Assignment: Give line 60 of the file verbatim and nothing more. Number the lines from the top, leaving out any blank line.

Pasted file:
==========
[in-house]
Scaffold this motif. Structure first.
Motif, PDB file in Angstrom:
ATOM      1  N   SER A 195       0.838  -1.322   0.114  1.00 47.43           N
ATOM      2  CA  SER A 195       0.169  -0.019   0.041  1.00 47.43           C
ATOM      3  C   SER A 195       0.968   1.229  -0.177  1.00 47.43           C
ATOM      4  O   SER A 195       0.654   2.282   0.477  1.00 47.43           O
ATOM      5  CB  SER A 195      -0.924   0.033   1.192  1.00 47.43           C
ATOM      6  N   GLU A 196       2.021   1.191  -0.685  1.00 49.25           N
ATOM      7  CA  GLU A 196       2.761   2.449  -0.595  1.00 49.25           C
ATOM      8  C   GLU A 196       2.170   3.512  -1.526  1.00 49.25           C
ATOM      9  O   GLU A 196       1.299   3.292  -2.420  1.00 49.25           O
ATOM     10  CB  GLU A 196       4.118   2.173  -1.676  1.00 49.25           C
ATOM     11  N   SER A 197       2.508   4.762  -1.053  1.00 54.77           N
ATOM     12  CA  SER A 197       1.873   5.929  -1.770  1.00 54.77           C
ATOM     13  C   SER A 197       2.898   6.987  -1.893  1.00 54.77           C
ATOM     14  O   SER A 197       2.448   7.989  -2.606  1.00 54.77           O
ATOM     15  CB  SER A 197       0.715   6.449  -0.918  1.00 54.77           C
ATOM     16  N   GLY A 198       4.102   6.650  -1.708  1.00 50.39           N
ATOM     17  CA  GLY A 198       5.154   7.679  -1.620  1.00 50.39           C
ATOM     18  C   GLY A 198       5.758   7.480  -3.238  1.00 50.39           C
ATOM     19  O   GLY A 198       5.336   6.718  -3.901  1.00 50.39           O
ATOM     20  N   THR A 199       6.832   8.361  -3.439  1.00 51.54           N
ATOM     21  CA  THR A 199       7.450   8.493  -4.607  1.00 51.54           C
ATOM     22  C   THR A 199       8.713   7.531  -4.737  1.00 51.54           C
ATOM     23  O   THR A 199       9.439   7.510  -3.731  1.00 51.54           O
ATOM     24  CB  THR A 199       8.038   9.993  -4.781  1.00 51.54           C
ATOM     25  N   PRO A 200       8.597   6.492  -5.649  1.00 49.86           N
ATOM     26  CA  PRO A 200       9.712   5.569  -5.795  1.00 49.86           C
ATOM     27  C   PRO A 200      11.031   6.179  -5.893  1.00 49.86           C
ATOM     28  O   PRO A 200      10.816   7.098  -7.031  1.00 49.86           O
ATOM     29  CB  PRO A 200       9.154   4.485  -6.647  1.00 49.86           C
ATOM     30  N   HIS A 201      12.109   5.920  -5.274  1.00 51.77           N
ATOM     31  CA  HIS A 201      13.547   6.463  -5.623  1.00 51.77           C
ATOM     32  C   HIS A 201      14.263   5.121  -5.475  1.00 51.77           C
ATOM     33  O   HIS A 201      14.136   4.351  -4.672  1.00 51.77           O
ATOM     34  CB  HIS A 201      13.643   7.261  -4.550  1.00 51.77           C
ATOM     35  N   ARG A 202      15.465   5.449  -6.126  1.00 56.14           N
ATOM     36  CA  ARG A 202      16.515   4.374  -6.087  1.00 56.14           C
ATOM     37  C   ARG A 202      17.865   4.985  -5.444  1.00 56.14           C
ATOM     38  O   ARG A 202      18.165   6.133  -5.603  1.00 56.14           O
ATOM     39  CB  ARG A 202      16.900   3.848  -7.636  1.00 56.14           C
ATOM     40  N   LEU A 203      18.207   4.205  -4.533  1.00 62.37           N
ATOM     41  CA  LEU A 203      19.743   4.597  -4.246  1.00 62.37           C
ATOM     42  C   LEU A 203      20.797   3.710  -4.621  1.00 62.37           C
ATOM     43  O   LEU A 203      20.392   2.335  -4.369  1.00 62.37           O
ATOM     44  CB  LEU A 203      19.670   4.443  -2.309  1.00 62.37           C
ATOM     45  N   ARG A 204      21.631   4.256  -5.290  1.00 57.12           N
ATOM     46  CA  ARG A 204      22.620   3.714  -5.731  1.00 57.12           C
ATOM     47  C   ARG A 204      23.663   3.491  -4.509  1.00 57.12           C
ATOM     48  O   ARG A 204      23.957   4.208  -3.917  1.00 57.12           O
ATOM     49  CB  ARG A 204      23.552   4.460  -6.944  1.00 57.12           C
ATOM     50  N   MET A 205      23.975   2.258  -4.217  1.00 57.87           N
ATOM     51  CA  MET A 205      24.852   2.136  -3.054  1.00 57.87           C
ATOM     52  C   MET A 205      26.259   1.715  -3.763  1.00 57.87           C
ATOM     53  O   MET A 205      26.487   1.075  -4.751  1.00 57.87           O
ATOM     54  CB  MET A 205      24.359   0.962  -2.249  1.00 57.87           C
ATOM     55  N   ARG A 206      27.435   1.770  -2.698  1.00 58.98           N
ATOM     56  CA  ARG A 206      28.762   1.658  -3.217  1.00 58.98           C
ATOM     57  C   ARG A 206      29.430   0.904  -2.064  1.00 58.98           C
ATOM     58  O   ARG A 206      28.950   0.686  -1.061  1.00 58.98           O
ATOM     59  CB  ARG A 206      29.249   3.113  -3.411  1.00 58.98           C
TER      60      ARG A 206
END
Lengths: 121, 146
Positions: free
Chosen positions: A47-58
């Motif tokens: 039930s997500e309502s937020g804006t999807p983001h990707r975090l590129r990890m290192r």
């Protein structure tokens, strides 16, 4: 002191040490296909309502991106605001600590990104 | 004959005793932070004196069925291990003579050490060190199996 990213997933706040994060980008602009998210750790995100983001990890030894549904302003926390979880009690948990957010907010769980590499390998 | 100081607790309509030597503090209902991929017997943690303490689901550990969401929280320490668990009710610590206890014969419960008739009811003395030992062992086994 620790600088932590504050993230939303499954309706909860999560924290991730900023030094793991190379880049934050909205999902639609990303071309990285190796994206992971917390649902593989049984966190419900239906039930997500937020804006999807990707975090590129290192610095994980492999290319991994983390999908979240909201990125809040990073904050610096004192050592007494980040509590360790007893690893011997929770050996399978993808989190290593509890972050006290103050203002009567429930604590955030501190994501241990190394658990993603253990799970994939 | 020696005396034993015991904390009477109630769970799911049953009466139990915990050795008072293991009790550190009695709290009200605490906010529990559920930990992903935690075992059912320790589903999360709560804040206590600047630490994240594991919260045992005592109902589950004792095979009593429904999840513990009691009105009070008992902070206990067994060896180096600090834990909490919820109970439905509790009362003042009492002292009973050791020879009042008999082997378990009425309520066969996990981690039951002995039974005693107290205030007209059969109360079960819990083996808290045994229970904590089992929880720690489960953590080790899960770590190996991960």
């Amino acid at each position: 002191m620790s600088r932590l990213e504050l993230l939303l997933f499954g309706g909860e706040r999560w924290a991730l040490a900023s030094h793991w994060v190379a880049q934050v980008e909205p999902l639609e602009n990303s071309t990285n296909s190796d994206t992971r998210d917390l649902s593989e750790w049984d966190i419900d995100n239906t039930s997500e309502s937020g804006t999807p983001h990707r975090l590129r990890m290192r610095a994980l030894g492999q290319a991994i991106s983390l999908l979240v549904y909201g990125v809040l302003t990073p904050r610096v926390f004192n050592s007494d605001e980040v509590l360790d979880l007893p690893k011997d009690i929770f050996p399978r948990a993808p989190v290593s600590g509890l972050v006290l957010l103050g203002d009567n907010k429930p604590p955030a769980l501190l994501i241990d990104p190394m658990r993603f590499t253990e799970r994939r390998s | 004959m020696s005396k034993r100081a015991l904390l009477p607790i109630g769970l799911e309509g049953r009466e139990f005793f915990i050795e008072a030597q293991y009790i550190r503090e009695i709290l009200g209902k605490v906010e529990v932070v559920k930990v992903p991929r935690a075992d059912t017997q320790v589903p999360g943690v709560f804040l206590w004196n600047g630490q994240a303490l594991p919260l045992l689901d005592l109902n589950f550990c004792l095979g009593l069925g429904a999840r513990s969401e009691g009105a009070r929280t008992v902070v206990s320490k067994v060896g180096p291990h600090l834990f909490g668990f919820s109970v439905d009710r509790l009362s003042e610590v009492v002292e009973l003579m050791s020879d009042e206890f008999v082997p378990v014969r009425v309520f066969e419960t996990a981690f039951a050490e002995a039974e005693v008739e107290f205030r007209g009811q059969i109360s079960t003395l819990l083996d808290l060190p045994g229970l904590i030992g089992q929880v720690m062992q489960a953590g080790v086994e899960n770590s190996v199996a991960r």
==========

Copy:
ATOM     57  C   ARG A 206      29.430   0.904  -2.064  1.00 58.98           C